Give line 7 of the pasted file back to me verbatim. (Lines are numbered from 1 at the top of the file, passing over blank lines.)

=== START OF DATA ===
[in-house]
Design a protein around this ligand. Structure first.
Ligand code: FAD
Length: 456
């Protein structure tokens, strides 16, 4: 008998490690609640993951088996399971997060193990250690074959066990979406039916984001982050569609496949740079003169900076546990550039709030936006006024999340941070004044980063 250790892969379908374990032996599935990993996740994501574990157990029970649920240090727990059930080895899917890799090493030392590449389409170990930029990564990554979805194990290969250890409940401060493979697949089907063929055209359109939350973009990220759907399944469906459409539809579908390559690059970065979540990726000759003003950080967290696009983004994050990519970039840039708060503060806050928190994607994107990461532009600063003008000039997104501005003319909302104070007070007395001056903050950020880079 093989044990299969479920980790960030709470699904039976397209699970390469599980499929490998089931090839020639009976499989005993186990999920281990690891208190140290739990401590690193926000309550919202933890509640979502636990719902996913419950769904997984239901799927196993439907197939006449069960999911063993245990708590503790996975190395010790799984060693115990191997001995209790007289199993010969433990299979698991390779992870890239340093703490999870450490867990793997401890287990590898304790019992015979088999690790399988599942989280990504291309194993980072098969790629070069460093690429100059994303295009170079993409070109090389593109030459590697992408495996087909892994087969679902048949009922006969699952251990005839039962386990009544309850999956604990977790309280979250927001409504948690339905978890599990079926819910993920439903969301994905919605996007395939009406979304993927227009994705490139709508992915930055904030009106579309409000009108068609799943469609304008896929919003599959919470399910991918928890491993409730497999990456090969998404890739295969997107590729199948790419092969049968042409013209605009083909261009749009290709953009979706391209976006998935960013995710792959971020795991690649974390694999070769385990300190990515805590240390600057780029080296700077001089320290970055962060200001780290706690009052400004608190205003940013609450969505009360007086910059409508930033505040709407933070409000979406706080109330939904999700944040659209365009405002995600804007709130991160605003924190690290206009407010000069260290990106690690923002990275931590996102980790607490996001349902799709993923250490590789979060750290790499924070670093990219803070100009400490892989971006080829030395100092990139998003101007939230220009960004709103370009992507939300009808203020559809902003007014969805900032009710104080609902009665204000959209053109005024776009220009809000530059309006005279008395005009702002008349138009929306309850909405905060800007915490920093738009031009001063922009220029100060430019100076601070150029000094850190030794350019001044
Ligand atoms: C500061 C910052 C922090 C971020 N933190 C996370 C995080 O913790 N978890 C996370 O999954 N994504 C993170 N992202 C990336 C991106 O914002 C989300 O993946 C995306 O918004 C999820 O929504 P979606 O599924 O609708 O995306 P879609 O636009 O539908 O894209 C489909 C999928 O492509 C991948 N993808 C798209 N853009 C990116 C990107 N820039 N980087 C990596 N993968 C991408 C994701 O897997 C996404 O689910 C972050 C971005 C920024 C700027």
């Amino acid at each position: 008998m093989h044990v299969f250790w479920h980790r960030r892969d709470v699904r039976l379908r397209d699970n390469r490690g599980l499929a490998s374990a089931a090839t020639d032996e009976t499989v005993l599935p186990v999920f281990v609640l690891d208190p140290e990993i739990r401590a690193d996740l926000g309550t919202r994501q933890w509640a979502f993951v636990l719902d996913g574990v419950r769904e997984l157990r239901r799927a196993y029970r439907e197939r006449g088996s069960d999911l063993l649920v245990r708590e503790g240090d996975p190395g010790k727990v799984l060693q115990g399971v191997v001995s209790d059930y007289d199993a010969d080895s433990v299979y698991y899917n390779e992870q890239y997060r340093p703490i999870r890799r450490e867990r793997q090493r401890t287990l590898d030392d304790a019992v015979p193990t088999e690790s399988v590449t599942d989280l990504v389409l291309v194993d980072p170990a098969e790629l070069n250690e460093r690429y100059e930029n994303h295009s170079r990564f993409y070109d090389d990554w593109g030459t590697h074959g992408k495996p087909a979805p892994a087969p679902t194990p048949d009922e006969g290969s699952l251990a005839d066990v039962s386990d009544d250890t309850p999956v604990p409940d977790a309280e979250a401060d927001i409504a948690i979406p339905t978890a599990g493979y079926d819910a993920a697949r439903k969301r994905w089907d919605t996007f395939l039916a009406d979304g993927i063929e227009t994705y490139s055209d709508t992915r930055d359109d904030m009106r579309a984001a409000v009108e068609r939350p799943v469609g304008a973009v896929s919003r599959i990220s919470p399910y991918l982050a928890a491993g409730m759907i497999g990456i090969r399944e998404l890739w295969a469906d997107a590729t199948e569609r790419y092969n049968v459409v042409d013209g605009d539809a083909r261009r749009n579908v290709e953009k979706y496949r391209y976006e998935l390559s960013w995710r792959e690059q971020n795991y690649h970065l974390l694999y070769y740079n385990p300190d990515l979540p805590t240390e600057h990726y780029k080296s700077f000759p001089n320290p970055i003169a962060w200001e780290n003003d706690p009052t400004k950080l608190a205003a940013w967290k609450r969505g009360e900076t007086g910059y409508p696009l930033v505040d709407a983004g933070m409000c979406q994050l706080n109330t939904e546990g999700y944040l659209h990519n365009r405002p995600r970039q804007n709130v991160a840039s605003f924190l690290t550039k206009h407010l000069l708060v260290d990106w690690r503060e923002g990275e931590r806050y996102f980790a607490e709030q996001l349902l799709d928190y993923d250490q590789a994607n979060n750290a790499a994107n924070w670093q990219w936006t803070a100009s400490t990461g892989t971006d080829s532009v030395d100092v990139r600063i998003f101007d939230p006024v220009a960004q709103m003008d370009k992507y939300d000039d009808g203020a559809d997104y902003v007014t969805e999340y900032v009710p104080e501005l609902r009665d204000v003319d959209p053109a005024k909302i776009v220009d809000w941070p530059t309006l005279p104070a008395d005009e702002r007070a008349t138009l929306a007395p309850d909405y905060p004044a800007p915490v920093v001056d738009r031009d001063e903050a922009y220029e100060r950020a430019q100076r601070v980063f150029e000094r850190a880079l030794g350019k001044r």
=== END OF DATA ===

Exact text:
């Amino acid at each position: 008998m093989h044990v299969f250790w479920h980790r960030r892969d709470v699904r039976l379908r397209d699970n390469r490690g599980l499929a490998s374990a089931a090839t020639d032996e009976t499989v005993l599935p186990v999920f281990v609640l690891d208190p140290e990993i739990r401590a690193d996740l926000g309550t919202r994501q933890w509640a979502f993951v636990l719902d996913g574990v419950r769904e997984l157990r239901r799927a196993y029970r439907e197939r006449g088996s069960d999911l063993l649920v245990r708590e503790g240090d996975p190395g010790k727990v799984l060693q115990g399971v191997v001995s209790d059930y007289d199993a010969d080895s433990v299979y698991y899917n390779e992870q890239y997060r340093p703490i999870r890799r450490e867990r793997q090493r401890t287990l590898d030392d304790a019992v015979p193990t088999e690790s399988v590449t599942d989280l990504v389409l291309v194993d980072p170990a098969e790629l070069n250690e460093r690429y100059e930029n994303h295009s170079r990564f993409y070109d090389d990554w593109g030459t590697h074959g992408k495996p087909a979805p892994a087969p679902t194990p048949d009922e006969g290969s699952l251990a005839d066990v039962s386990d009544d250890t309850p999956v604990p409940d977790a309280e979250a401060d927001i409504a948690i979406p339905t978890a599990g493979y079926d819910a993920a697949r439903k969301r994905w089907d919605t996007f395939l039916a009406d979304g993927i063929e227009t994705y490139s055209d709508t992915r930055d359109d904030m009106r579309a984001a409000v009108e068609r939350p799943v469609g304008a973009v896929s919003r599959i990220s919470p399910y991918l982050a928890a491993g409730m759907i497999g990456i090969r399944e998404l890739w295969a469906d997107a590729t199948e569609r790419y092969n049968v459409v042409d013209g605009d539809a083909r261009r749009n579908v290709e953009k979706y496949r391209y976006e998935l390559s960013w995710r792959e690059q971020n795991y690649h970065l974390l694999y070769y740079n385990p300190d990515l979540p805590t240390e600057h990726y780029k080296s700077f000759p001089n320290p970055i003169a962060w200001e780290n003003d706690p009052t400004k950080l608190a205003a940013w967290k609450r969505g009360e900076t007086g910059y409508p696009l930033v505040d709407a983004g933070m409000c979406q994050l706080n109330t939904e546990g999700y944040l659209h990519n365009r405002p995600r970039q804007n709130v991160a840039s605003f924190l690290t550039k206009h407010l000069l708060v260290d990106w690690r503060e923002g990275e931590r806050y996102f980790a607490e709030q996001l349902l799709d928190y993923d250490q590789a994607n979060n750290a790499a994107n924070w670093q990219w936006t803070a100009s400490t990461g892989t971006d080829s532009v030395d100092v990139r600063i998003f101007d939230p006024v220009a960004q709103m003008d370009k992507y939300d000039d009808g203020a559809d997104y902003v007014t969805e999340y900032v009710p104080e501005l609902r009665d204000v003319d959209p053109a005024k909302i776009v220009d809000w941070p530059t309006l005279p104070a008395d005009e702002r007070a008349t138009l929306a007395p309850d909405y905060p004044a800007p915490v920093v001056d738009r031009d001063e903050a922009y220029e100060r950020a430019q100076r601070v980063f150029e000094r850190a880079l030794g350019k001044r």